Fine Molds has a reputation of very nicely done kits and this one is no different. Molding is very crisp for its vintage (2007) with barely any flash on the parts. There are however ejector pin marks on the support pylons and particular deep ones on the restractied landing gear pads. The pilot could be nicer but I think it looks fine once under the canopy. The breakdown of the parts seem to indicate that seamlines would either be hidden by other parts or wouldn’t be obvious.
Markings provided are for Gold Leader, Gold 2 and Gold 3 with the decals replicating the various wear and tear on them. The decals are printed well and in register although I can’t vouch for the quality due to its age.
So after the ‘fun’ that was the Alpha Jet, I decided I needed a sanity build. Something that fits well and I can bang it out in a much shorter time. Luckily this kit was easily reachable in my stack.
And per Fine Molds’ reputation, this kit came together very quickly and generally pain-free with the only fitting problems I have are attaching some of the piping and the retracted landing gear. The parts that cover around the nacelles also needed some adjustments to fit properly. All in all though, very much trouble-free and I was done in no time.
Colors & Markings
First up was a gray jumpsuit instead of the usual orange for the pilot. I decided to go with a custom color scheme instead of the usual (tragic) Gold Squadron Y-wing. I’ve always remembered the Y-wing to have orange markings so that’s what I went with. Then it’s a matter of masking the pattern on the nose and nacelles. I went with orange and a medium gray for the patterns and the result gave me a 1970s vibe.
I didn’t use the decals at all for this build.
The fun begins with an overall panel wash of Raw Umber oil paint. I tried to be more precise but with the Y-wing having so much gribble, the oil wash inevitably filtered some of the panels. The effect looks alright though.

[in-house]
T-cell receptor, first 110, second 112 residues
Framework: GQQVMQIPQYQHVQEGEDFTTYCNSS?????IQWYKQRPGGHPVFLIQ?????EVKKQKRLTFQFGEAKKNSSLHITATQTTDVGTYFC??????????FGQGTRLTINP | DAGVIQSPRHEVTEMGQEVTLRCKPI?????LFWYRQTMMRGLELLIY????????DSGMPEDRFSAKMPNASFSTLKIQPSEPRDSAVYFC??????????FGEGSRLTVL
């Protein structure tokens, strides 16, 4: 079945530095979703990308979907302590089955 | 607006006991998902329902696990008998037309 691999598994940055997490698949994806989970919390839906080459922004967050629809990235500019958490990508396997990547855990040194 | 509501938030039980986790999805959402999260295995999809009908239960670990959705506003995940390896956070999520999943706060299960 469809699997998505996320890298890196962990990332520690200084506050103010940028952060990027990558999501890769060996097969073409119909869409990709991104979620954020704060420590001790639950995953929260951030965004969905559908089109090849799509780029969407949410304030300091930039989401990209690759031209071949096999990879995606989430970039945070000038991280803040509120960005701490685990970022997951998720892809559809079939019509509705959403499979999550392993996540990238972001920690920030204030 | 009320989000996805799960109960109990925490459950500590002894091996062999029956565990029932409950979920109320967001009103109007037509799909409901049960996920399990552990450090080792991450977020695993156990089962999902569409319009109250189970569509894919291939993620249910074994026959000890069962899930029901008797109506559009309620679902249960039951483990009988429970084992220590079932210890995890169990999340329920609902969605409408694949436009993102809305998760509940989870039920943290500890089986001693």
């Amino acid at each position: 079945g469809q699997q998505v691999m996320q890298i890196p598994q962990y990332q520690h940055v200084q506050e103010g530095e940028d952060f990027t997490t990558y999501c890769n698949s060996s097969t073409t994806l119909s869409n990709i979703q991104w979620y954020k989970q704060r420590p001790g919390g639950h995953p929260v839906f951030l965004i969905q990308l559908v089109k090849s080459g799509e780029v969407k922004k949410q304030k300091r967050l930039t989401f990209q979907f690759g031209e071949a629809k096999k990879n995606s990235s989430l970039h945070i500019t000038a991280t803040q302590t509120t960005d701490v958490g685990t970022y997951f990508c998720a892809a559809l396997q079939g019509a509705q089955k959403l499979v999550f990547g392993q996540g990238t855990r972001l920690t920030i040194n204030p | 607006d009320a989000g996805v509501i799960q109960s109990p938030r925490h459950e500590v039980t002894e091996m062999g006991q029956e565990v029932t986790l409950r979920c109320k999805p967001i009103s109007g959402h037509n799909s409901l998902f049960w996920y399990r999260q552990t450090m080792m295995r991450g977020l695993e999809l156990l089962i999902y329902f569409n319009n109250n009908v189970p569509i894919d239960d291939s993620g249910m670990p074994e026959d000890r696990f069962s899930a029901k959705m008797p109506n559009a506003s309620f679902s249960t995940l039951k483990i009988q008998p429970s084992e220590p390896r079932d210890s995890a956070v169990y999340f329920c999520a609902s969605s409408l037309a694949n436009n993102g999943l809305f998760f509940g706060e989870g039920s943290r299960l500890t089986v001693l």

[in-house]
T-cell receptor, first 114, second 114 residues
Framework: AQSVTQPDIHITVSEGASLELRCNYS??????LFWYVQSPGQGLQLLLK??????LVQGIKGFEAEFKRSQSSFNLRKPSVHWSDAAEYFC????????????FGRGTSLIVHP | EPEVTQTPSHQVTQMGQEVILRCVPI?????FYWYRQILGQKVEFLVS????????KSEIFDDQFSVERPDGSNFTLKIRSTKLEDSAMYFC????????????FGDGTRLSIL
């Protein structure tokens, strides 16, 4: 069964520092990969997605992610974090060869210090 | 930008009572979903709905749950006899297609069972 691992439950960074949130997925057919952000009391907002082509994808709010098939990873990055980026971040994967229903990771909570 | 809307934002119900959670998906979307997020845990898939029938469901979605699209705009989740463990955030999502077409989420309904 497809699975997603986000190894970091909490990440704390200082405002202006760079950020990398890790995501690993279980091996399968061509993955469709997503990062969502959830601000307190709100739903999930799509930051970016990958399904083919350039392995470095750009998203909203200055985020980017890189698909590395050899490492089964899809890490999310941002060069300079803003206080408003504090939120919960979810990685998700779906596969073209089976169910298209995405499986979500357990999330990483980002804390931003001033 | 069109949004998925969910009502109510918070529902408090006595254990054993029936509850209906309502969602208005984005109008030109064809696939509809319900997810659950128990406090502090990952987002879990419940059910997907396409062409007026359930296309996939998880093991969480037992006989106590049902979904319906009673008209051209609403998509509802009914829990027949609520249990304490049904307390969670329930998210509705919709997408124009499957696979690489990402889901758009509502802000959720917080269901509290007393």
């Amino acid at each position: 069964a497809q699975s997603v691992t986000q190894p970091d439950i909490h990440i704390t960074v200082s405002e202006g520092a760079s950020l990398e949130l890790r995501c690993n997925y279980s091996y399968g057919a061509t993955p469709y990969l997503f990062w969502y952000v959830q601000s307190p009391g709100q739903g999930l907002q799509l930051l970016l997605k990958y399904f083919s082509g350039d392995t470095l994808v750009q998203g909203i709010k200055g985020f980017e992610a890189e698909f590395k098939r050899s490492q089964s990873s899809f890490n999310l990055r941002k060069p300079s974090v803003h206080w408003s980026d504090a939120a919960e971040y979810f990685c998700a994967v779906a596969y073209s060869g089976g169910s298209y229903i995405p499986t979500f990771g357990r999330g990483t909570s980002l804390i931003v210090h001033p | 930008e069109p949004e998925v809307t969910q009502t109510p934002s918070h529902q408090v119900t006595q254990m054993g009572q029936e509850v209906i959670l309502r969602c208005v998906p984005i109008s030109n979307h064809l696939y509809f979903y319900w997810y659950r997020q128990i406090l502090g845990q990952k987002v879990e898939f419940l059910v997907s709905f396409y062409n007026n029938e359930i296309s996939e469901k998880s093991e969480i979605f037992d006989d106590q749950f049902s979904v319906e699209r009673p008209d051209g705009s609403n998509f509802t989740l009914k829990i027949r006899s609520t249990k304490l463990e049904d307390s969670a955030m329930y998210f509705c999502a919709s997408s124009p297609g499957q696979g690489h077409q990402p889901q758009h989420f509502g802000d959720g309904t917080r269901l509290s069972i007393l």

Then I filtered some of the panels with red and blue oil paint to add some subtle discoloration. Lastly I added chipping over the whole kit with a sponge and some minor handpainting.
Overall and extremely trouble-free and enjoyable build. Given another go I would have made sure the orange was more discolored. But I’m moving on and calling this done.
Number 5 of 2018
Brand and Kit Number: Kinetic K48043
Media: Injection Plastic and Photoetch
The Alpha Jet is a light attack jet and advanced jet trainer jointly manufactured by France’s Dassault Aviation and Germany’s Dornier Flugzeugwerke from a collaboration initiated in 1967. Under the terms of this agreement, each country agreed to purchase and assemble 200 aircraft. A total of 480 Alpha Jets would see production with deliveries starting in 1978 and would be adopted by various other countries. Due to different avionics fit, French and German Alpha Jets were visually distinct, with French planes (designated E for Ecole or school) featuring a rounded-off nose and German ones (Designated A for Appui Tactique or tactical strike) featuring a sharp, pointed nose.